Researchers including Buie have used dielectrophoresis to quickly sort bacteria according to general properties, such as size and species. This time around, Buie wondered whether the technique could suss out bacteria's electrochemical activity—a far more subtle property.
"Basically, people were using dielectrophoresis to separate bacteria that were as different as, say, a frog from a bird, whereas we're trying to distinguish between frog siblings—tinier differences," Wang says.
An electric correlation
In their new study, the researchers used their microfluidic setup to compare various strains of bacteria, each with a different, known electrochemical activity. The strains included a "wild-type" or natural strain of bacteria that actively produces electricity in microbial fuel cells, and several strains that the researchers had genetically engineered. In general, the team aimed to see whether there was a correlation between a bacteria's electrical ability and how it behaves in a microfluidic device under a dielectrophoretic force.
The team flowed very small, microliter samples of each bacterial strain through the hourglass-shaped microfluidic channel and slowly amped up the voltage across the channel, one volt per second, from 0 to 80 volts. Through an imaging technique known as particle image velocimetry, they observed that the resulting electric field propelled bacterial cells through the channel until they approached the pinched section, where the much stronger field acted to push back on the bacteria via dielectrophoresis and trap them in place.
Some bacteria were trapped at lower applied voltages, and others at higher voltages. Wang took note of the "trapping voltage" for each bacterial cell, measured their cell sizes, and then used a computer simulation to calculate a cell's polarizability—how easy it is for a cell to form electric dipoles in response to an external electric field.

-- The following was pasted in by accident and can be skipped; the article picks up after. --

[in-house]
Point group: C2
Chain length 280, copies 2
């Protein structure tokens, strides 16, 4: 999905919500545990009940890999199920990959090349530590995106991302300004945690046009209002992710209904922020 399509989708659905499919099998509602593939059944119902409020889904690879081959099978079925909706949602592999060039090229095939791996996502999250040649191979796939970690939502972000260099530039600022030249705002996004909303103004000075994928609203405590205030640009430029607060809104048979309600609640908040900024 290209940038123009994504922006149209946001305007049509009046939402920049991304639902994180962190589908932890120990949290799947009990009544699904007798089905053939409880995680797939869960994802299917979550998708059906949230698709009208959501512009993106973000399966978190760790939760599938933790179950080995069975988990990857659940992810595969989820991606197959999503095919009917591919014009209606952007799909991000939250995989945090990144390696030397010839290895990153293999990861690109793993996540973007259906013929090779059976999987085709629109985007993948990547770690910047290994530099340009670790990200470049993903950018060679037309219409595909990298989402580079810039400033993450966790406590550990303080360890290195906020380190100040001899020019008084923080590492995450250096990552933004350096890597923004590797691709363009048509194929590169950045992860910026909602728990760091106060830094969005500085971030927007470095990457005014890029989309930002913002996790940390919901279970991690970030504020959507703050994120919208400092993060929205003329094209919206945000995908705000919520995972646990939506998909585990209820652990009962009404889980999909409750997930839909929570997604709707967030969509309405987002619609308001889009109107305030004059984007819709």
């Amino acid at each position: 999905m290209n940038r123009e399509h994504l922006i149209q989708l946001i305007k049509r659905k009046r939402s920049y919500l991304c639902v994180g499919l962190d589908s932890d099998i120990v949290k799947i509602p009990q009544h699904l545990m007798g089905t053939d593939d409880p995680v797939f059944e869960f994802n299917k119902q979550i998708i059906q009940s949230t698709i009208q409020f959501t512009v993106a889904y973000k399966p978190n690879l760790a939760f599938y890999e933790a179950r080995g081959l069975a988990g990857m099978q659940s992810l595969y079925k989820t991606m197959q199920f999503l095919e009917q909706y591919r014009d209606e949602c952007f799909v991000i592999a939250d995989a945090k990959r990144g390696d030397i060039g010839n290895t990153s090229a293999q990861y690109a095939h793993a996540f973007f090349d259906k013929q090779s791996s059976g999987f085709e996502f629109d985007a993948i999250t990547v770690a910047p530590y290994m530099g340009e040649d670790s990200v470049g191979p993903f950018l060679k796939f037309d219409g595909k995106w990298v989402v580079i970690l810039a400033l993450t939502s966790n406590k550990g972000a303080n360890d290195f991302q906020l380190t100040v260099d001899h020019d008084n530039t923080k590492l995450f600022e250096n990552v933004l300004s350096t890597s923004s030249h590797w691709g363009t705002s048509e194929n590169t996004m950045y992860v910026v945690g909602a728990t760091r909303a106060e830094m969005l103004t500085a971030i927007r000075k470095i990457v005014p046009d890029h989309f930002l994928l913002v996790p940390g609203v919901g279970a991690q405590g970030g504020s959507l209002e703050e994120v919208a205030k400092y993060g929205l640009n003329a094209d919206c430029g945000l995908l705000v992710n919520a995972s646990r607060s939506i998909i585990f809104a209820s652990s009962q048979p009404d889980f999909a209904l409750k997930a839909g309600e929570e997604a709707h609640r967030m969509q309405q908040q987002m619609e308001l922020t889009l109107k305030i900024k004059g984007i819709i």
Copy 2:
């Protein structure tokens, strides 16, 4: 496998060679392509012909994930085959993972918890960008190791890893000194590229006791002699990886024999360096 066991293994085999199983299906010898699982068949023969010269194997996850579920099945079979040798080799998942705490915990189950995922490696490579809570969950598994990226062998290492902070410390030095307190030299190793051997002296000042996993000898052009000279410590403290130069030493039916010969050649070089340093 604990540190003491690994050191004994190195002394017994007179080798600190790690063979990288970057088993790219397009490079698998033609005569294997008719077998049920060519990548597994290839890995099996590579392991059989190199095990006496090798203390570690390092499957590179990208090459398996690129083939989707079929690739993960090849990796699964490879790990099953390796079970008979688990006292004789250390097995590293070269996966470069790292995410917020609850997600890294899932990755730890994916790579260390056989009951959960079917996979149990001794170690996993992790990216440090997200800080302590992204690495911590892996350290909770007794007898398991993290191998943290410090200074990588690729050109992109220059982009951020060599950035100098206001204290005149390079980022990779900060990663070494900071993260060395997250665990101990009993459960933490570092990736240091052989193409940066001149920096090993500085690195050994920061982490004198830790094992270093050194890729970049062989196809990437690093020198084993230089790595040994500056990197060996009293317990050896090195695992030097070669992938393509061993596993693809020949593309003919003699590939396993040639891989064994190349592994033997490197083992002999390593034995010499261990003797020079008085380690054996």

From her calculations, Wang discovered that bacteria that were more electrochemically active tended to have a higher polarizability. She observed this correlation across all species of bacteria that the group tested.
"We have the necessary evidence to see that there's a strong correlation between polarizability and electrochemical activity," Wang says. "In fact, polarizability might be something we could use as a proxy to select microorganisms with high electrochemical activity."
Wang says that, at least for the strains they measured, researchers can gauge their electricity production by measuring their polarizability—something that the group can easily, efficiently, and nondestructively track using their microfluidic technique.
Collaborators on the team are currently using the method to test new strains of bacteria that have recently been identified as potential electricity producers.
"If the same trend of correlation stands for those newer strains, then this technique can have a broader application, in clean energy generation, bioremediation, and biofuels production," Wang says.
Along the vines of the Vineyard.
With a forked tongue the snake singsss...
Reply


Messages In This Thread
RE: Little Shop of Horrors - by EA - 12-07-2018, 10:35 PM
RE: Little Shop of Horrors - by EA - 12-22-2018, 10:00 PM
RE: Little Shop of Horrors: A Moving Plot of an other-world's unmanned land... - by EA - 01-12-2019, 06:58 AM

Forum Jump:


Users browsing this thread: 1 Guest(s)